The current business environment is challenging for any kind of organisation. Organisations need to deal with constant change and globalisation makes the landscape competitive, which puts pressure on costs and resources. This requires organisations to be flexible and responsive and makes projects and change initiatives increasingly important.
Success in the current business environment depends not only on executing projects correctly but also on choosing the right projects to start with. Initiating too many projects with limited resources is a common reason for low project success rates. Another factor that influences the project success is whether or not the project is aligned with the organisational objectives.
An organisation that is capable of initiating projects that are aligned with the strategic and business goals and is able to select the right projects at the right time, will increase its project success rate. In order to do so, implementing a project management methodology could be a good step, but will not address coordination challenges.
Project success rate
The project success rate is the percentage of projects that achieve their intended goals and outcomes, reflecting the effectiveness of the project management.
Project success is something subjective and varies with stakeholders perspectives and time. In most cases, project success refers to timely, budgeted and specification-aligned completion. But it can also refer to product success or achieving business goals.
Factors that influence the project success are project management, product development, business and strategic success as well as process success. As every project is unique, there is not one way to judge any of the above mentioned factors. It is therefore wise to define in the initiation phase of the project what would be considered a ‘project success’.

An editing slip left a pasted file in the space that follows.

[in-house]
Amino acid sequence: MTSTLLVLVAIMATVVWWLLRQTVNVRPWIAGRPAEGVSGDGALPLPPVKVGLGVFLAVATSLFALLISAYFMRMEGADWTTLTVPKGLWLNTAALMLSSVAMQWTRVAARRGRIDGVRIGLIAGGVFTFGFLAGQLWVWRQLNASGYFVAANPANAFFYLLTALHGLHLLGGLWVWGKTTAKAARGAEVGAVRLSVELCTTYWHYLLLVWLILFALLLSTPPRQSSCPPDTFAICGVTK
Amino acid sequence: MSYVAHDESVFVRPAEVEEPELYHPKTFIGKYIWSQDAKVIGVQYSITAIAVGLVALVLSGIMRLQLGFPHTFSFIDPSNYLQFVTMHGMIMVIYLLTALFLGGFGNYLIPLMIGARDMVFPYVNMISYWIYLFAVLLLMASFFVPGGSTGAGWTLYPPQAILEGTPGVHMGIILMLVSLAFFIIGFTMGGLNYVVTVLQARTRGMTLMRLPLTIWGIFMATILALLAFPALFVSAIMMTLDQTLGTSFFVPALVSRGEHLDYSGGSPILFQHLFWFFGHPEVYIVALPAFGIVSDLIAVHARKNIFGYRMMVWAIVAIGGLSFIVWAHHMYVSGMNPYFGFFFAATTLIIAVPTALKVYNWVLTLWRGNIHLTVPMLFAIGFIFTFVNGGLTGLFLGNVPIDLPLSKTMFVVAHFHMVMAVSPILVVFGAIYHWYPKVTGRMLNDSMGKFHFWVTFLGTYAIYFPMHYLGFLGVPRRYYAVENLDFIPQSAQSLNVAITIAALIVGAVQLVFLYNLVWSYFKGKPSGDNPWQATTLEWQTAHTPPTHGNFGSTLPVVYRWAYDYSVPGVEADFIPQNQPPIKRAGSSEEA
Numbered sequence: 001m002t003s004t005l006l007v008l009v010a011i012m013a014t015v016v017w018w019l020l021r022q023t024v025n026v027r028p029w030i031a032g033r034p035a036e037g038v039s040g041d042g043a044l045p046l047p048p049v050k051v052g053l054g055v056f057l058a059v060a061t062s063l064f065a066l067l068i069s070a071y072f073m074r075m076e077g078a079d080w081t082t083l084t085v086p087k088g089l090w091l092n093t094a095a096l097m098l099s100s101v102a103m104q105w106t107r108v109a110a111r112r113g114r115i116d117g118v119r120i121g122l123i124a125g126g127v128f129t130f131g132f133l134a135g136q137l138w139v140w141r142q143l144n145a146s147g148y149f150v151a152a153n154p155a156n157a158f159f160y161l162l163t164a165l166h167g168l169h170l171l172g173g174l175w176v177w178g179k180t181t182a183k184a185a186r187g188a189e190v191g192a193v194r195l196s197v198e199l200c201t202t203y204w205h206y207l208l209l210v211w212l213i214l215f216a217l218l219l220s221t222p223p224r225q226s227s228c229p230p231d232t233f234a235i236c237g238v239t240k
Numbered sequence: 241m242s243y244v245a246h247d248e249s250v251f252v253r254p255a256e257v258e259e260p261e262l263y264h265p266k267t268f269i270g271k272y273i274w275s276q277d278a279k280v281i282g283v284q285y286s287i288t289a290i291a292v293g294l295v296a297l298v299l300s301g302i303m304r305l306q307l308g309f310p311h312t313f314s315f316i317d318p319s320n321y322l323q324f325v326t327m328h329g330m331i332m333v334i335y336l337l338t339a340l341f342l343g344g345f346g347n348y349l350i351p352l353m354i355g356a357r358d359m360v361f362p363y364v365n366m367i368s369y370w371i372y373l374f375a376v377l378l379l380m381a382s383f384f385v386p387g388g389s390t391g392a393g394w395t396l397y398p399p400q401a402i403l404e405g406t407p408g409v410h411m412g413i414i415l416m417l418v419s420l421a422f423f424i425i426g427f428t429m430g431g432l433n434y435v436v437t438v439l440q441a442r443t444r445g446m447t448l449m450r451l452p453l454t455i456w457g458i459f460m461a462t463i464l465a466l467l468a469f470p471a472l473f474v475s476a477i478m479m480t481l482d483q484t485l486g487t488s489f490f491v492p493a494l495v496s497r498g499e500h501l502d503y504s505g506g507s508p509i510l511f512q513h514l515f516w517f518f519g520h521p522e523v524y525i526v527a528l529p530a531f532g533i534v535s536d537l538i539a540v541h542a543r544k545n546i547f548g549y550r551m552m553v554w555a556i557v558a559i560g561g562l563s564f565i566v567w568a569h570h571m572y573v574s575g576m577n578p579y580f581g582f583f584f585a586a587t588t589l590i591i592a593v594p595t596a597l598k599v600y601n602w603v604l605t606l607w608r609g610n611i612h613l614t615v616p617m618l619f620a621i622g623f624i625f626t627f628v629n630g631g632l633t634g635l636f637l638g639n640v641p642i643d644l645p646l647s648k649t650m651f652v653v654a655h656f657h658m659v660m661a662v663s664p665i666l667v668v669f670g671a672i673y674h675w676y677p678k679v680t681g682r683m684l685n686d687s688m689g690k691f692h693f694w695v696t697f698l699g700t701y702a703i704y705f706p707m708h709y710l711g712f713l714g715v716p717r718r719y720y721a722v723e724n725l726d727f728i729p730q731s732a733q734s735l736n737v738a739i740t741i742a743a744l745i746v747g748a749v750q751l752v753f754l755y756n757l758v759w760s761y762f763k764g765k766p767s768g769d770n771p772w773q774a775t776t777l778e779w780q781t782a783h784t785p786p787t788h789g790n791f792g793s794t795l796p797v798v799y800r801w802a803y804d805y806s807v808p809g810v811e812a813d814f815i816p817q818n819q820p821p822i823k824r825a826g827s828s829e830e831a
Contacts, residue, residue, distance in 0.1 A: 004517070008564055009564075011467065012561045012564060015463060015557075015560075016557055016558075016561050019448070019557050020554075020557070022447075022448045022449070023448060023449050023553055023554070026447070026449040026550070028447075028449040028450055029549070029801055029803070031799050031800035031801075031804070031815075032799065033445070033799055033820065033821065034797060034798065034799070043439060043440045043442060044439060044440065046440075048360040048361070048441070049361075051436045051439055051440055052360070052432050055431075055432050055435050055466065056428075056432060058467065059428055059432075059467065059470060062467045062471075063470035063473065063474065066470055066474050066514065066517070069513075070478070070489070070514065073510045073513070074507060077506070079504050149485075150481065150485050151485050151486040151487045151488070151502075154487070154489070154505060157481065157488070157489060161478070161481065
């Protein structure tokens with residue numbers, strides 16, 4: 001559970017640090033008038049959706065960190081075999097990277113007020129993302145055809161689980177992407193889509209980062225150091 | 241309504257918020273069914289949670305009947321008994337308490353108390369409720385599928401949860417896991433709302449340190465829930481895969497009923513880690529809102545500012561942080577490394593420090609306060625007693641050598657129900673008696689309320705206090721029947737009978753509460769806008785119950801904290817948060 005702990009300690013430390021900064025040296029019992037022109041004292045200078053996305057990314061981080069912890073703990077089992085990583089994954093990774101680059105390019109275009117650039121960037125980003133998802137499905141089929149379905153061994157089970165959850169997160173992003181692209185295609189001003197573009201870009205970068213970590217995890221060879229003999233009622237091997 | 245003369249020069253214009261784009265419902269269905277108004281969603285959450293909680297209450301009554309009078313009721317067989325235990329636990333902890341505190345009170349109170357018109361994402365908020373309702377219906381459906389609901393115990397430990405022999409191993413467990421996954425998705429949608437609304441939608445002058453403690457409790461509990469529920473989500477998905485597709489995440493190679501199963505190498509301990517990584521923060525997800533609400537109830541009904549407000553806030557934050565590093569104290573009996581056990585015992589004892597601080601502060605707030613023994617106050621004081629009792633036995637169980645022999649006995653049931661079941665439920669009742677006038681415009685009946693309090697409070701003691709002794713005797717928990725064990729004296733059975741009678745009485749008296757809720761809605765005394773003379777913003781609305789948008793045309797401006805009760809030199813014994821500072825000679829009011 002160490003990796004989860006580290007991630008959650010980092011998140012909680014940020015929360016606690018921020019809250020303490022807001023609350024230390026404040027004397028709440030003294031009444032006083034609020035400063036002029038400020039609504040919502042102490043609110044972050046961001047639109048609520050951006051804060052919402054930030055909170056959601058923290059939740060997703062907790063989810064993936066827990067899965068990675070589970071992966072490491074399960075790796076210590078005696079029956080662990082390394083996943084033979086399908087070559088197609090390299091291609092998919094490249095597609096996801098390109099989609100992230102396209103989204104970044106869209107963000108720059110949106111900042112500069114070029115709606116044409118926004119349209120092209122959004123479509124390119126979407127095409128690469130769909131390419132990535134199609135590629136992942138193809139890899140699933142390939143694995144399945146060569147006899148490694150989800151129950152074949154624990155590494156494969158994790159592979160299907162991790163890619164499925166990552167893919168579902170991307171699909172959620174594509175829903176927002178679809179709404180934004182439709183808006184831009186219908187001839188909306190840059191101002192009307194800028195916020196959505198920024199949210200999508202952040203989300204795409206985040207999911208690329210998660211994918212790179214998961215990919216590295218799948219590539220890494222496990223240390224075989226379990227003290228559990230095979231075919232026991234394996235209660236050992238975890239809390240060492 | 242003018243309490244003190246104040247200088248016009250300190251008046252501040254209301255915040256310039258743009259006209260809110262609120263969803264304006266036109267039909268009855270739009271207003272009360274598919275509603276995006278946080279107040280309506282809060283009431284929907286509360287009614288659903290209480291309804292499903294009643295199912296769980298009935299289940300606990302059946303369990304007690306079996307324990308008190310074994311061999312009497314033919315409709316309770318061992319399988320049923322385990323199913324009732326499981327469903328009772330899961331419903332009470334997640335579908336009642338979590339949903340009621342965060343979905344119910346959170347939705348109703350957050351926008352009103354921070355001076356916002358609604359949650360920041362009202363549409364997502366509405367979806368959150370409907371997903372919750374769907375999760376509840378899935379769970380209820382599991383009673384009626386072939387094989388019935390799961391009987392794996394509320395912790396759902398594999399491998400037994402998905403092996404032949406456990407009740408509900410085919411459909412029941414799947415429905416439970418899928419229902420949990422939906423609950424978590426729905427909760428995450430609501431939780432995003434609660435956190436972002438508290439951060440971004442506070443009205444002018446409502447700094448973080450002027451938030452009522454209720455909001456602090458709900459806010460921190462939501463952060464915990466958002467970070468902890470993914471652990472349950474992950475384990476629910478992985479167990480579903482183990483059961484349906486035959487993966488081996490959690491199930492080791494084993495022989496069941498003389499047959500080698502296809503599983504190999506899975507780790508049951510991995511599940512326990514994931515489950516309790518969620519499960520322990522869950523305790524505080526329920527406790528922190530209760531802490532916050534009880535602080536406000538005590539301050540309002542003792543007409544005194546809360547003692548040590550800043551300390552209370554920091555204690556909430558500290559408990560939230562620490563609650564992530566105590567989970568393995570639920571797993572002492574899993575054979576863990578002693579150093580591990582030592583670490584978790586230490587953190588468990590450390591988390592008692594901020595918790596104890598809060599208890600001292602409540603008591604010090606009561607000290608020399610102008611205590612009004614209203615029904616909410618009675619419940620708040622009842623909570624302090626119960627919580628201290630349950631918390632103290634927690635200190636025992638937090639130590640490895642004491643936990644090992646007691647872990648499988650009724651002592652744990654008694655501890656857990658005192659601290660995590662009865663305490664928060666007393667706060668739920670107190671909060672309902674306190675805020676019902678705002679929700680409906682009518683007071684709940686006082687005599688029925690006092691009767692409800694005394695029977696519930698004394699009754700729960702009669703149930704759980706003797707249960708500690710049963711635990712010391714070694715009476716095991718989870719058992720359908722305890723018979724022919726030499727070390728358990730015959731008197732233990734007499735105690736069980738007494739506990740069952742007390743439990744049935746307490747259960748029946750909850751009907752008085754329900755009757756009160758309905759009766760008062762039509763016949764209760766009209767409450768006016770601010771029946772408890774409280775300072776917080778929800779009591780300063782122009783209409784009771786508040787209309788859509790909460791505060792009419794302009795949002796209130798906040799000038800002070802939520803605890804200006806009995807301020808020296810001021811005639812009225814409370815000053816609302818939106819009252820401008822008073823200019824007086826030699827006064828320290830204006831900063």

Once the project is finalised, the project management team is advised to have a retrospective meeting to define the project success and the lessons learned If the project is considered successful, this adds to the project success rate.
Source: Defining project success
Increasing the Project success rate in an organisation
If an organisation is set on increasing its project success rate, one way could be to aim to implement the P3M3 framework.
This framework is a layered set of functions, important for delivering projects, but also for coordination of projects, direction setting and aligning, selecting and prioritizing projects. The layers in this framework are project management, programme management and portfolio management. The framework focuses on structure and governance, but integrates this with important socio-cultural aspects from change management.
In larger, stable organisations, the P3 framework can be implemented through various specialised roles and offices, such as a PMO. However, in smaller or more dynamic organisations, many of these functions can be performed by individuals within project teams, granting them the authority to assume some of the responsibilities typically associated with higher management positions.
The P3 framework involves functions primarily at the project level, including detailed planning, progress reporting, defining requirements, product development, and quality assurance. These activities can be carried out by individual projects as long as the necessary resources are accessible.
Where to start improving the Project success rate